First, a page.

J. DEEN: That was about 98 percent success rate there.
VELSHI: Well, I am going to leave you to that for a few minutes. I am going to go over and make some good dogs. Not off to a bad start. Wouldn't you say?
BOBBY DEEN, AUTHOR, "GET FIRED UP": I would say it is a pretty good start.
VELSHI: These are what you call bad dogs.
B. DEEN: These are called the bad dogs but they are good. There are a traditional beef hotdog. It's sliced open and stuffed with chipotle which is actually a really good idea. And you can do that to the good dog as well. It's wrapped in bacon, so we make it double good. We do it on the grill top there.
Good cheddar cheese on there and onions on top. And the difference is, in the good dog, we would use whole wheat buns -- VELSHI: Right.
B. DEEN: We would use a different kind of cheese.
B. DEEN: We're just going to get some grill marks on that.
VELSHI: The whole idea, the good dogs are a little bit gooder.
B. DEEN: It's the lesser of two evils.
VELSHI: Got it. Ok.
B. DEEN: So turkey dogs, turkey bacon.
VELSHI: One of the things that you guys do is you appeal to a guy like me.
B. Deen: I think that people understand that Jamie and I and our mother too, we are regular people that cook and eat regular food. We like to cover all our bases and show people how to, again, cook affordably and easily and get it on the table in less than an hour.
VELSHI: We are going to eat that in a second.
B. DEEN: We are going to eat all of them.
VELSHI: We're going to eat all of them. But before we do that, you can't just exist on meat alone. You have to get other food groups in like the pasta group and the red pepper group and that's what Jamie is working on.
How did I do here? Did I do a good job.
J. DEEN: That is probably the finest example of pasta dumping I have ever seen.
VELSHI: I have some skills. They're hidden but I have some.
J. DEEN: That's why I saved it for you. Talk about easy. Let's look how easy this sauce is going to be. I'm going to use a little bit of mayonnaise, about six tablespoons probably. See how close I can eyeball this. I am going to put a tablespoon of balsamic. How simple is this?
VELSHI: Who is the better cook, you or your brother?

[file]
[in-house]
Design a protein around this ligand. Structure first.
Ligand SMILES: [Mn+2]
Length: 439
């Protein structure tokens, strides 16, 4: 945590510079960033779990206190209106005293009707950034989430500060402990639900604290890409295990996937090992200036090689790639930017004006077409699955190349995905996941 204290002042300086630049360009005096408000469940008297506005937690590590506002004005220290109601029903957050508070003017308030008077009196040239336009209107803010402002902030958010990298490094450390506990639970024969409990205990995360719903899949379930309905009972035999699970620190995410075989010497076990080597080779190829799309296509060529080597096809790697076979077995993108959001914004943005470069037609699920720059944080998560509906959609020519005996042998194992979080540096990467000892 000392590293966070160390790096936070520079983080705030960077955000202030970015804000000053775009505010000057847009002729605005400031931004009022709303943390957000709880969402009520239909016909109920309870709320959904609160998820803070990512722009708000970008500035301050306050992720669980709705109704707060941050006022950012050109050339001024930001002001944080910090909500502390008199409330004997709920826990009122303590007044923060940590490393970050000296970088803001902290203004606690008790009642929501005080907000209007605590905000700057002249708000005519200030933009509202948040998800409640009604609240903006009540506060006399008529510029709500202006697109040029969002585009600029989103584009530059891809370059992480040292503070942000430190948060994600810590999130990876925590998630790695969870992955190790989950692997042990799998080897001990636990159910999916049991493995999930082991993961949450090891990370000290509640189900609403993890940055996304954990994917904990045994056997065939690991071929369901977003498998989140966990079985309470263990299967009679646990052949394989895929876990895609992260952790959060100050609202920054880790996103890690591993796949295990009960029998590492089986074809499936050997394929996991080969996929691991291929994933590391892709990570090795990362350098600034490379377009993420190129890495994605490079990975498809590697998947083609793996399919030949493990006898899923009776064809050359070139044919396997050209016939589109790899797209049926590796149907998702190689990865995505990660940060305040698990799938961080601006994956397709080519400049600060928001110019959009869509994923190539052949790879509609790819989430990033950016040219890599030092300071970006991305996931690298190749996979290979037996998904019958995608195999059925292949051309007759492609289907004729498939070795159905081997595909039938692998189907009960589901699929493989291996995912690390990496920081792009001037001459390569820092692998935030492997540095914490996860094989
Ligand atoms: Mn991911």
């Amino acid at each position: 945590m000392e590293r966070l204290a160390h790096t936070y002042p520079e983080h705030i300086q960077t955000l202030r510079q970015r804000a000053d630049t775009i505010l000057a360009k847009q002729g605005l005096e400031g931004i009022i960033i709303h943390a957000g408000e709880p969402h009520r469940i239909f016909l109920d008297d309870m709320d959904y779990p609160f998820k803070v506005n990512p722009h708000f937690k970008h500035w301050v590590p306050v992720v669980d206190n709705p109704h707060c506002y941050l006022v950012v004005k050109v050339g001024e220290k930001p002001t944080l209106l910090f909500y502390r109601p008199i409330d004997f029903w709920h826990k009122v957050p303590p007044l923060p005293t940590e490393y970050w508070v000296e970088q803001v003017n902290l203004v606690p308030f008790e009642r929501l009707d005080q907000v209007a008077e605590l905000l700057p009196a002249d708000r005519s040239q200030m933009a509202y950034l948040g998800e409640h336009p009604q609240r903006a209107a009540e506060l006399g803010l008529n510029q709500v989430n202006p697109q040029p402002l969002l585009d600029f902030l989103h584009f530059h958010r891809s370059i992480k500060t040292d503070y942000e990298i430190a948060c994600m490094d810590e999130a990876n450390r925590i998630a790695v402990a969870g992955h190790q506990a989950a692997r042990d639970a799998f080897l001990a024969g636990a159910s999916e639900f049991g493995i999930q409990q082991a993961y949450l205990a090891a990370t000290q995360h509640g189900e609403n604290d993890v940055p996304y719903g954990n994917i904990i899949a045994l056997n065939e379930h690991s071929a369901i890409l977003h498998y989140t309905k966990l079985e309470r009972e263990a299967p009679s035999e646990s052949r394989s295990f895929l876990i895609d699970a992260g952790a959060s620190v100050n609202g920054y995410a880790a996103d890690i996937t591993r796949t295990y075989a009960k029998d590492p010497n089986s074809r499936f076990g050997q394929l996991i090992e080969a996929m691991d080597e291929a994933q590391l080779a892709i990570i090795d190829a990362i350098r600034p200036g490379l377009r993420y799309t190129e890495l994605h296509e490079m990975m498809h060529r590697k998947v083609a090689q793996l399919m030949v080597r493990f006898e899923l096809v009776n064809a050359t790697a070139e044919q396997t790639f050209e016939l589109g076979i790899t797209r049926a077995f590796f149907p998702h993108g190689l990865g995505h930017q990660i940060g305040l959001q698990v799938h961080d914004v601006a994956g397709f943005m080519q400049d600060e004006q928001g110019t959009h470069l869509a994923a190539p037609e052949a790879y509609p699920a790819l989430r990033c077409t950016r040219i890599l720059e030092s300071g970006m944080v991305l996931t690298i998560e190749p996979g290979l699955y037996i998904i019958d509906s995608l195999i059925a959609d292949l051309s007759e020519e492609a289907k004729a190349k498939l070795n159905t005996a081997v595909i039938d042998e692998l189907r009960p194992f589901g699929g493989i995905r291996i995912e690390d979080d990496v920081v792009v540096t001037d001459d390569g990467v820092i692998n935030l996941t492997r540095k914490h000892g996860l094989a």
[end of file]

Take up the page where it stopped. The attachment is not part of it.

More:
J. DEEN: You know, we're different cooks. We have different styles. It's hard for me to say who's the best. You know who is the best cook? Mom.
VELSHI: That's right. Good answer.
All right. That looks good. I think it is time to eat.
J. DEEN: Yes sir.
B. DEEN: That's a good bad dog.
VELSHI: Mine is a good dog.
B. DEEN: Do you like it?
VELSHI: Yes. Really good.
CHETRY: They are remarkably fit for that.
VELSHI: They said they have to.
CHETRY: What do you throw in the bad dog? What else?
VELSHI: The bad dog -- it has a turkey thing around it instead of bacon. I wouldn't say it is a low-calorie thing. If you want to know how to make the good dogs, the bad dogs, the pasta salad, all that stuff, go to our Web site, CNN.com/AM. We'll have the rest of these posted there.
They really are good recipes.
CHETRY: Well, I know -- I was going to postpone that later for our interview with Governor Tim Pawlenty.
CHETRY: He threw his hat in the ring on Monday, trying to get the nod for president from the GOP side in 2012. And he had some interesting things to say about his potential competition like Sarah Palin perhaps Michele Bachmann.
ROMANS: That's right. He said, you know, he would like people to start getting their hat in the ring. I asked him specifically if he was going to the CNN debate in New Hampshire next month. He said yes. I said who else do you think would be there? He said about 20 other people. So expects more people are going to be getting into the race.
VELSHI: And he gave us some specifics about what he would want to do in terms of dealing with the debt and the deficit, including increasing the retirement age or the age at which you will get Social Security. He said, not for people approaching it now but the younger generation.
CHETRY: The young people.
ROMANS: And also, you know, he talked a little bit about the Ryan plan for Medicare, which is kind of turning into a litmus test for Republicans on the campaign trail. He said he would have his own plan for how to overhaul Medicare. He is calling it a truth tour. He said any doofus can get elected and go to Washington and do nothing and sort of just run up our deficit. Doofus, interesting. I have never heard a presidential candidate use the word doofus. CHETRY: Well, we are going to leave it there. Thanks so much for joining us this morning. We'll see you back here on Monday. But meanwhile, it's time to send it over to our buddy, Carol Costello in the "CNN NEWSROOM". Hey Carol.